As for the included low-profile keyboard, which follows the design lead of Apple’s laptops, and the Apple Mighty Mouse, neither would be my first choice. Not having some sort of adjustable tilt for the keyboard will require many people to muss up their design-conscious desk with a magazine or something else as a prop. And the mouse is just a mess: The shape doesn’t feel ergonomic, and it’s way too easy to hit the wrong button (and tricky to hit the right one). But many Mac users are no doubt fine with the keyboard and mouse; it’s a highly personal decision.

Also note that the Mac Pro does not ship with Wi-Fi capabilities by default. An internal AirPort Extreme card is a $50 option; most pros would rather take advantage of the high bandwidth and security of the Gigabit Ethernet ports. But it seems odd that this is the only Mac without wireless connectivity by default.

Greenpeace will be pleased

After Greenpeace pointedly hit Apple over environmental concerns in 2007, the company has made great strides toward eliminating toxins and maximizing recyclable materials in its hardware. (It also will take in defunct computers at Apple stores for recycling). Apple bills this as the “greenest Mac Pro ever” — though, of course, no splash of color defiles the cool aluminum casing.

As part of that boast, Apple claims that it has reduced idle power consumption by 15 per cent, met EnergyStar 4.0 and the upcoming 5.0 standards, eliminated the use of PVC and BFR, and considered recycling issues when designing its hardware. I can vouch that the Mac Pro is a lot quieter, whether at idle or under load, than a dual-G5 Power Mac, though video card fans can be a large part of the noise production.

I mentioned multithreaded applications earlier, and the new Mac Pros’ advantage in this arena will most likely become even more pronounced in the future, as Apple pushes the Grand Central technology slated to debut with Mac OS X 10.6 Snow Leopard. This not only makes the coming Mac OS X multicore-aware, but the technology includes tools for developers to add multicore threading to existing and future applications. In other words, the more cores you have, the more boost you’ll see in future OS X releases. This makes the $800 price for the dual-Xeon Mac Pro — which sports 16 cores! — the cost of future-proofing.

And while it’s too early to tell, the Radeon HD option might also add some future-proofing to your workstation investment (and at this price range, the Mac Pro is definitely more a workstation than a personal computer, and it’s certainly an investment). Another piece of tasty tech promised for Snow Leopard — OpenCL — is designed to allow applications to offload some general computing tasks from the CPU, no matter how many dozens of cores there are, to the GPU, which lies relatively idle for most tasks. This isn’t automatic, as developers would have to introduce this code into their applications. But even if this doesn’t pan out as planned, opting for the Radeon video card seems to be a worthwhile upgrade.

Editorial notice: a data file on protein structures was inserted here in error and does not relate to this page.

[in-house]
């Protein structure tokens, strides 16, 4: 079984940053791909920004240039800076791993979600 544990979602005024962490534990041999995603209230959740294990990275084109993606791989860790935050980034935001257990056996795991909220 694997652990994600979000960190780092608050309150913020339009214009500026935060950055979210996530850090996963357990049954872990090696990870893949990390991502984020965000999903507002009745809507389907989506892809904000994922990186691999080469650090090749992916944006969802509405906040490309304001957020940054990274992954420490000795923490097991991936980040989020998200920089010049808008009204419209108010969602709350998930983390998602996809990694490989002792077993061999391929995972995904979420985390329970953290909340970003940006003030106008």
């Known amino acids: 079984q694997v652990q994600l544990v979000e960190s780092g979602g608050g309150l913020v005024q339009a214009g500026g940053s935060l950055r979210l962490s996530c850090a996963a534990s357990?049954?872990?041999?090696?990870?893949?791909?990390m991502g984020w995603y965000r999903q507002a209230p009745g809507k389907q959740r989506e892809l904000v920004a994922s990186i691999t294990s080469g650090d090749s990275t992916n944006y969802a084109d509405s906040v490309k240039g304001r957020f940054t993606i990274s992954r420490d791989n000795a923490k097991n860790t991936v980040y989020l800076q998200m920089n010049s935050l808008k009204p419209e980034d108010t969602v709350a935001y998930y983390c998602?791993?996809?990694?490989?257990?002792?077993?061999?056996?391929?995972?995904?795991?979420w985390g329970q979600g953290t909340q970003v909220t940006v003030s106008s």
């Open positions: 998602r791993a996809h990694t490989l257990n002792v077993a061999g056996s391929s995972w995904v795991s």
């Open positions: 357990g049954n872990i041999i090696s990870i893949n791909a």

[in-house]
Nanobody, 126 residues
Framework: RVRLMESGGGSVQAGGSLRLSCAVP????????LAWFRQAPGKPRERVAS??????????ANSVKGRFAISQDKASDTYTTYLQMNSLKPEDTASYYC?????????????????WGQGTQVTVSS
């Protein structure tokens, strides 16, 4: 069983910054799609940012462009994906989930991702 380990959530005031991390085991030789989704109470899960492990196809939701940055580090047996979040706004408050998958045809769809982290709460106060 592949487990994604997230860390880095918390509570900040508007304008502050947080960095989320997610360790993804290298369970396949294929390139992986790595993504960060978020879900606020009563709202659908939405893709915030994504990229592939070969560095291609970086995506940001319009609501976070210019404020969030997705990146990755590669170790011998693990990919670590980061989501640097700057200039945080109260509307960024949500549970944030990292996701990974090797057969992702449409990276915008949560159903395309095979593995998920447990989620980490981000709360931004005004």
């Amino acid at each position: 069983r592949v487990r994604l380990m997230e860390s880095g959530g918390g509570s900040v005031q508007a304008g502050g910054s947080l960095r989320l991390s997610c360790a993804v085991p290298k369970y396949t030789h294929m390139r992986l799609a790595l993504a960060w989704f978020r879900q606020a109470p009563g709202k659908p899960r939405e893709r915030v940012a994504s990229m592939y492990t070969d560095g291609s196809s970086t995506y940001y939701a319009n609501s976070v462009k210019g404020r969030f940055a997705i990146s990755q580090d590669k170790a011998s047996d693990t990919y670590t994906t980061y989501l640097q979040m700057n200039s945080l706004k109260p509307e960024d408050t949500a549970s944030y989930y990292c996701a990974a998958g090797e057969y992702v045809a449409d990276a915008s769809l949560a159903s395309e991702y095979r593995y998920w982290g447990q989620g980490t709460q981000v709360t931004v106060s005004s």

Final thoughts

The updated Mac Pro is an appropriate refresh ahead of the anticipated release of Snow Leopard. Both the hardware and software look familiar superficially but hold within them the promise of significant advances when they team up later this year.

Depending on what applications you rely on for work, your frequency of machine turnover, and what sort of deals you can find, the 2008 Mac Pros still offer a lot of value and power. A top-of-the-line ’08 will offer similar performance in most areas to the newer ones; they have more RAM capacity and a slower SuperDrive, but Apple is offering ATI Radeon HD 4870 kits for the 2008s.

Apple deserves some kudos for being perhaps the first computer manufacturer out of the gate with Nehalem-based workstations, but that may have come at the cost of, well, cost. As Intel amortizes its development costs, we may see price drops on the new Xeon line. But early adopters have always paid that kind of price to get the newest and shiniest. And the new Mac Pros are, indeed, “the fastest Macs ever.”

Dan Turner has been writing about science and technology for over a decade at publications such as Salon, eWeek, MacWeek and The New York Times.

Source: Computerworld